The Art of Gathering - Deepstash
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Gatherings: category vs purpose

When we gather, we often make the mistake of merging category with purpose. We outsource our decisions and our assumptions about our gatherings to people, formats, and contexts that are not our own.

We get caught into the false belief that knowing the category of the gathering—the board meeting, workshop, birthday party, town hall—will be instructive to designing it. But we often choose the template—and the activities and structure that go along with it—before we’re clear on our purpose.

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Arrive at something worth gathering about

  • Specificity is a crucial ingredient. The more focused and particular a gathering is, the more narrowly it frames itself and the more passion it arouses.
  • Uniqueness is another ingredient. Before you gather, ask yourself: Why is this gathering different from all my other gatherings?
  • A good gathering purpose should also be disputable. When the inevitable tensions arise—guest list, venue, one night versus two—your purpose won’t be there to guide you. A disputable purpose works like a decision filter.

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PRIYA PARKER

"In a world of infinite choices, choosing one thing is the revolutionary act. Imposing that restriction is actually liberating."

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"Your opening needs to be a kind of pleasant shock therapy. It should grab people. And in grabbing them, it should both awe the guests and honor them. It must plant in them the paradoxical feeling of being totally welcomed and deeply grateful to be there."

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"None of us shows up as a blank slate to anything."

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By closing the door, you create the room

Barack Obama's aunt once told him, 'If everyone is family, no one is family.' It is blood that makes a tribe, a border that makes a nation.

The same is true of gatherings. The corollary to this saying: If everyone is invited, no one is invited—in the sense of being truly held by the group.

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The purpose of a gathering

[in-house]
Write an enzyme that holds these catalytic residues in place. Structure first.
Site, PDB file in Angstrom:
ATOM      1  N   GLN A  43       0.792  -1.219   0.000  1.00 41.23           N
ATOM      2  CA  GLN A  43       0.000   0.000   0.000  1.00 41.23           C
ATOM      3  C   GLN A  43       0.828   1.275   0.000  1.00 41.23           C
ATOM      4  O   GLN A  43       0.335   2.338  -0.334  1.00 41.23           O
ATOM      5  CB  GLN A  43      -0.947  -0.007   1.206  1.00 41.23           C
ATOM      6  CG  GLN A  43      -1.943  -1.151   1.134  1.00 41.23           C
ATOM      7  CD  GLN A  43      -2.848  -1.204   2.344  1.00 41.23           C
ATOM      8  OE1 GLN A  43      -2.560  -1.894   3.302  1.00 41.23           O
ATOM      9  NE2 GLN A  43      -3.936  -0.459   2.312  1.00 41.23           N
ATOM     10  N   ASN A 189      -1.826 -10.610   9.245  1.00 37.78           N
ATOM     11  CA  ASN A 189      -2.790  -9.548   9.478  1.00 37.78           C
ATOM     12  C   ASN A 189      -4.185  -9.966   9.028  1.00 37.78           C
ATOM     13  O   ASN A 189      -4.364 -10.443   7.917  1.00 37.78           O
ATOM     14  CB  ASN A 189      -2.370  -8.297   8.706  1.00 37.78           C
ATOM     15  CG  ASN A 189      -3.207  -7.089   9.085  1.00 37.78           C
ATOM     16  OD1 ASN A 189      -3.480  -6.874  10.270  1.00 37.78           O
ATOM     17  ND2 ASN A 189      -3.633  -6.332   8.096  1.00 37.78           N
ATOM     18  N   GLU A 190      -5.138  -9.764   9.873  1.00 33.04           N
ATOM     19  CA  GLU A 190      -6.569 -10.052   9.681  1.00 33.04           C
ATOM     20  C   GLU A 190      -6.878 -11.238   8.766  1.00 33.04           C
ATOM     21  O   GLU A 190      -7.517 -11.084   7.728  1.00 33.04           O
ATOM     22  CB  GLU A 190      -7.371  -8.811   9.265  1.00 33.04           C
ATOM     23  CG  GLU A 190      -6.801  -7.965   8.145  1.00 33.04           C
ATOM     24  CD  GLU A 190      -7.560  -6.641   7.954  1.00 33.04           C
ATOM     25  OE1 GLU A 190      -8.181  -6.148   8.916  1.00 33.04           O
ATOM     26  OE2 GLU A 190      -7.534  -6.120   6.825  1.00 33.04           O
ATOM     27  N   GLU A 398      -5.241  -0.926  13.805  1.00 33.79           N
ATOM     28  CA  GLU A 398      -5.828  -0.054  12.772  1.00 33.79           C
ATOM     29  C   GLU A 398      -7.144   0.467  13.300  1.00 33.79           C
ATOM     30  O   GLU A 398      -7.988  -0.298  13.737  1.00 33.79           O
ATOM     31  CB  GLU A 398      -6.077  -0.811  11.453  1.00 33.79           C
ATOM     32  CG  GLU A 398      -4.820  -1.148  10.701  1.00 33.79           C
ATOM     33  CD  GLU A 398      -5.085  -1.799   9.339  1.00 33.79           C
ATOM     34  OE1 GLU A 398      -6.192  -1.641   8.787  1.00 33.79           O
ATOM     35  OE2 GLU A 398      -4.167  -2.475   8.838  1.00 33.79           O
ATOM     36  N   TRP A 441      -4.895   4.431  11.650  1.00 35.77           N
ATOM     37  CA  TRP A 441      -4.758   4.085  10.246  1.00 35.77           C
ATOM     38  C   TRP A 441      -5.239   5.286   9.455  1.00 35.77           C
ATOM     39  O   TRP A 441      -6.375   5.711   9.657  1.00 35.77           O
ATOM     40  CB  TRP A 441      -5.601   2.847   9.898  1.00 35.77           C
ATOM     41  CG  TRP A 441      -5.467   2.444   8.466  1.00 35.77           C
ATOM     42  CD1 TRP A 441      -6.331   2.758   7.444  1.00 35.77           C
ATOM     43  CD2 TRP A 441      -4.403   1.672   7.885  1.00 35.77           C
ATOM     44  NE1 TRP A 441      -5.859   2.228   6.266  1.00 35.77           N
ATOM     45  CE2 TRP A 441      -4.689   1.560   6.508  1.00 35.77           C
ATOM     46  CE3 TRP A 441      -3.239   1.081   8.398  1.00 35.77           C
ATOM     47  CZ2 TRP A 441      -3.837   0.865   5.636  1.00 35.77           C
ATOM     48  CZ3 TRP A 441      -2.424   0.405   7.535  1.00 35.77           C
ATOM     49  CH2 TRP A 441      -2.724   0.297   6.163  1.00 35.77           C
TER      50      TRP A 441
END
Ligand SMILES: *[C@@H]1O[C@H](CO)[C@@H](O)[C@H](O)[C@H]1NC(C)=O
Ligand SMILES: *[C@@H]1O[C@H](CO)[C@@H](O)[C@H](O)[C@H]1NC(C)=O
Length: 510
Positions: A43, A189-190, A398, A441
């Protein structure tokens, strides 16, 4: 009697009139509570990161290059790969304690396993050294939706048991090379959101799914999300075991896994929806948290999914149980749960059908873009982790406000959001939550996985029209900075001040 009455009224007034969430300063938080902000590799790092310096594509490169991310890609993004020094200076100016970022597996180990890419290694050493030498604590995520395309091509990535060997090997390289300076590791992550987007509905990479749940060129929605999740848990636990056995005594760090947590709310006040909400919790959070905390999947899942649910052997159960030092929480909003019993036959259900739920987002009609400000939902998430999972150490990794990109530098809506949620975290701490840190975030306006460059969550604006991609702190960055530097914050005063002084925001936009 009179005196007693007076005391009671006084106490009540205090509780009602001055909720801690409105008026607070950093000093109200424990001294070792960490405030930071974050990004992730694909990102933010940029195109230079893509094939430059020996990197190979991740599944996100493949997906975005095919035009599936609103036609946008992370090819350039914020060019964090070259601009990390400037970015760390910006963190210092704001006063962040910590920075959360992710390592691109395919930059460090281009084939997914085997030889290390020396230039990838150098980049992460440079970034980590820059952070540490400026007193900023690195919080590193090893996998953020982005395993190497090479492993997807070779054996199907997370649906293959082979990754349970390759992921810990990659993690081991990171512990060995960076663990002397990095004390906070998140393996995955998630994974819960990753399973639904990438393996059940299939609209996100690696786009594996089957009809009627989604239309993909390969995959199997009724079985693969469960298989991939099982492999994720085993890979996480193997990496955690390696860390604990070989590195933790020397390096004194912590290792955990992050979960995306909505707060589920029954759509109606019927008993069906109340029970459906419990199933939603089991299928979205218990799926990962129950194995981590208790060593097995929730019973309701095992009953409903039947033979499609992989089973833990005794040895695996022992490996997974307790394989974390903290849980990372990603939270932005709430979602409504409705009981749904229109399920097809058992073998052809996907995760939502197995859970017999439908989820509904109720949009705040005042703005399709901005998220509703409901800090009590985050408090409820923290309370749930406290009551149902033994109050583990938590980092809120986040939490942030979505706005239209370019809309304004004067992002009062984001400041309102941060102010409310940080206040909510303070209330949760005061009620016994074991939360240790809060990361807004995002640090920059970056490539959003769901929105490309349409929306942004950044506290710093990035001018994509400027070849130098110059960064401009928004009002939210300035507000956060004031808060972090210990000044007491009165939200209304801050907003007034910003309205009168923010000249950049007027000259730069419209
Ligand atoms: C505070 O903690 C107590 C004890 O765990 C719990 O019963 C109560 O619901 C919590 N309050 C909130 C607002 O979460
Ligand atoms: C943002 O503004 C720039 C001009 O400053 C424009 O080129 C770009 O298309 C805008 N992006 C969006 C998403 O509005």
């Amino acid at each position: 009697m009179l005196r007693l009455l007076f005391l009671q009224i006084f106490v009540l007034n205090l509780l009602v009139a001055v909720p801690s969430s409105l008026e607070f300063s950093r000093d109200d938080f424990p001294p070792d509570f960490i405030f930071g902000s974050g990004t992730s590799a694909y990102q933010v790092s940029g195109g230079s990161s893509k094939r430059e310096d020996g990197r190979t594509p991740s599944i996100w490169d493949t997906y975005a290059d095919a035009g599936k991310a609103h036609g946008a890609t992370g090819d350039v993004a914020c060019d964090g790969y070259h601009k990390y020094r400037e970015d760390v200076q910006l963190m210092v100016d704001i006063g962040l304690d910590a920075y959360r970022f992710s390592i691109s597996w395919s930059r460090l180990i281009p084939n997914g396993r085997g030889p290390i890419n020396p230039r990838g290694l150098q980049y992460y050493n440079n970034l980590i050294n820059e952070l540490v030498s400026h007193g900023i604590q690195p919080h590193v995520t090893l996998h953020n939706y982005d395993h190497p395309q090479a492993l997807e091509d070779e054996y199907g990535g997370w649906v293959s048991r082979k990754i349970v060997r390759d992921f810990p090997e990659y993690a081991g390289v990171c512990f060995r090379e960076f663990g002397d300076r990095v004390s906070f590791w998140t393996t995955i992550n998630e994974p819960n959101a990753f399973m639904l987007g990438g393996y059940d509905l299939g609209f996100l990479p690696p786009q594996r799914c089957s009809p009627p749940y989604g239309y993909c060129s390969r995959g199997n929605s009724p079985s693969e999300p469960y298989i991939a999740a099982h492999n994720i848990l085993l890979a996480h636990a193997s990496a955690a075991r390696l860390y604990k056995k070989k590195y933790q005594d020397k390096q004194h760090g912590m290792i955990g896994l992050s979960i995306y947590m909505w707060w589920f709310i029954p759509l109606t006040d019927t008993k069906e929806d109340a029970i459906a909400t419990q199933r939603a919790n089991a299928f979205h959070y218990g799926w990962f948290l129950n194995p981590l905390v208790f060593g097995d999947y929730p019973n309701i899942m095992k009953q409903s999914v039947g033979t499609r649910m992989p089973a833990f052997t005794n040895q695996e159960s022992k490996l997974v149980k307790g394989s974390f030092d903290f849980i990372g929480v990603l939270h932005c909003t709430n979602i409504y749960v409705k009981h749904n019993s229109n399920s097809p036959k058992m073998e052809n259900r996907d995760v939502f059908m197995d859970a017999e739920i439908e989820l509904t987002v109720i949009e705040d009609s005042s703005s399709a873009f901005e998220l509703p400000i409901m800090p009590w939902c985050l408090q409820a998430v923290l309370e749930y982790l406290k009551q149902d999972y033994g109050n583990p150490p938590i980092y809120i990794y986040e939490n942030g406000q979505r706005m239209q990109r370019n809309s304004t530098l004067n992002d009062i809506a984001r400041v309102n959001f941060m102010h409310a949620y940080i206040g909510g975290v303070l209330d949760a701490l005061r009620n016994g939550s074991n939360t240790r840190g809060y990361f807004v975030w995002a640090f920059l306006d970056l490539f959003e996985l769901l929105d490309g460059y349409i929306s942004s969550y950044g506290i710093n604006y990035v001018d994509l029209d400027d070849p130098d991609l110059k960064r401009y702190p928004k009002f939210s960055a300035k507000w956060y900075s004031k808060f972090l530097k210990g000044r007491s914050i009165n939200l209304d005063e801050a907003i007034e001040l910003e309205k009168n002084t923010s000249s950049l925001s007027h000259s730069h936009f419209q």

Having a purpose simply means knowing why you’re gathering and doing your participants the honor of being convened for a reason.

And once you have that purpose in mind, you will suddenly find it easier to make all the decisions that a gathering requires.

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PRIYA PARKER

"I reminded them that it’s hard to build a movement if you don’t know who’s in it."

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How to exclude well

What’s wrong with someone who’s irrelevant to the purpose? The crux of excluding thoughtfully and intentionally is mustering the courage to shift your perception so that you understand that people who aren’t fulfilling the purpose of your gathering are detracting from it, even if they do nothing to detract from it.

Particularly in smaller gatherings, every single person affects the dynamics of a group. Excluding well and purposefully is reframing who and what you are being generous to—your guests and your purpose.

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PRIYA PARKER

Isn’t exclusion in gatherings something we’ve been fighting against for years? Isn’t exclusion, however thoughtful or intentional, the enemy of diversity? It is not.

When I talk about generous exclusion, I am speaking of ways of bounding a gathering that allow the diversity in it to be heightened and sharpened, rather than diluted in a hodgepodge of people.

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Magic numbers in groups

  • Groups of 6: Groups of this rough size are wonderfully conducive to high levels of sharing.
  • Groups of 12 to 15: 12 is small enough to build trust and intimacy, and large enough to offer a diversity of opinion and constructive unfamiliarity.
  • Groups of 30: It starts to feel like a party, whether or not your gathering is one. Groups of this size are generally too big for a single conversation.
  • Groups of 150: It’s the tier at which, “intimacy and trust is still palpable at the level of the whole group; higher up, the group becomes an audience.”

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mar_b

Technology helps but it doesn't solve everything. I want to understand my own body.

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